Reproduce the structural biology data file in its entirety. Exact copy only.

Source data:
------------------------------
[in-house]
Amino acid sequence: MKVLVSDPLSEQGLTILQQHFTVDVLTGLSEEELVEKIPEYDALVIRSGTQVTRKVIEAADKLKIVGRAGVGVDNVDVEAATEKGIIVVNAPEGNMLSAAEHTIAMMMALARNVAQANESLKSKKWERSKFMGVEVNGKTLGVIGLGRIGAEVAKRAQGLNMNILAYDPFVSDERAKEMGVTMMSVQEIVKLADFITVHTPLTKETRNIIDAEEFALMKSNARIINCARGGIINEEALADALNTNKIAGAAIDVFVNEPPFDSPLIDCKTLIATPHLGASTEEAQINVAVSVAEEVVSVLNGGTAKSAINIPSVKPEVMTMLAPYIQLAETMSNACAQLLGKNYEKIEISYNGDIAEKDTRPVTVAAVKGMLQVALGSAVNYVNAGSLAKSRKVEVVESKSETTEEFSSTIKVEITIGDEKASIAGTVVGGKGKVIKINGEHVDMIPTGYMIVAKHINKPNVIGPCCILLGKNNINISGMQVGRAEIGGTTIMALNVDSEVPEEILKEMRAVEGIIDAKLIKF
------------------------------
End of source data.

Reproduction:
[in-house]
Amino acid sequence: MKVLVSDPLSEQGLTILQQHFTVDVLTGLSEEELVEKIPEYDALVIRSGTQVTRKVIEAADKLKIVGRAGVGVDNVDVEAATEKGIIVVNAPEGNMLSAAEHTIAMMMALARNVAQANESLKSKKWERSKFMGVEVNGKTLGVIGLGRIGAEVAKRAQGLNMNILAYDPFVSDERAKEMGVTMMSVQEIVKLADFITVHTPLTKETRNIIDAEEFALMKSNARIINCARGGIINEEALADALNTNKIAGAAIDVFVNEPPFDSPLIDCKTLIATPHLGASTEEAQINVAVSVAEEVVSVLNGGTAKSAINIPSVKPEVMTMLAPYIQLAETMSNACAQLLGKNYEKIEISYNGDIAEKDTRPVTVAAVKGMLQVALGSAVNYVNAGSLAKSRKVEVVESKSETTEEFSSTIKVEITIGDEKASIAGTVVGGKGKVIKINGEHVDMIPTGYMIVAKHINKPNVIGPCCILLGKNNINISGMQVGRAEIGGTTIMALNVDSEVPEEILKEMRAVEGIIDAKLIKF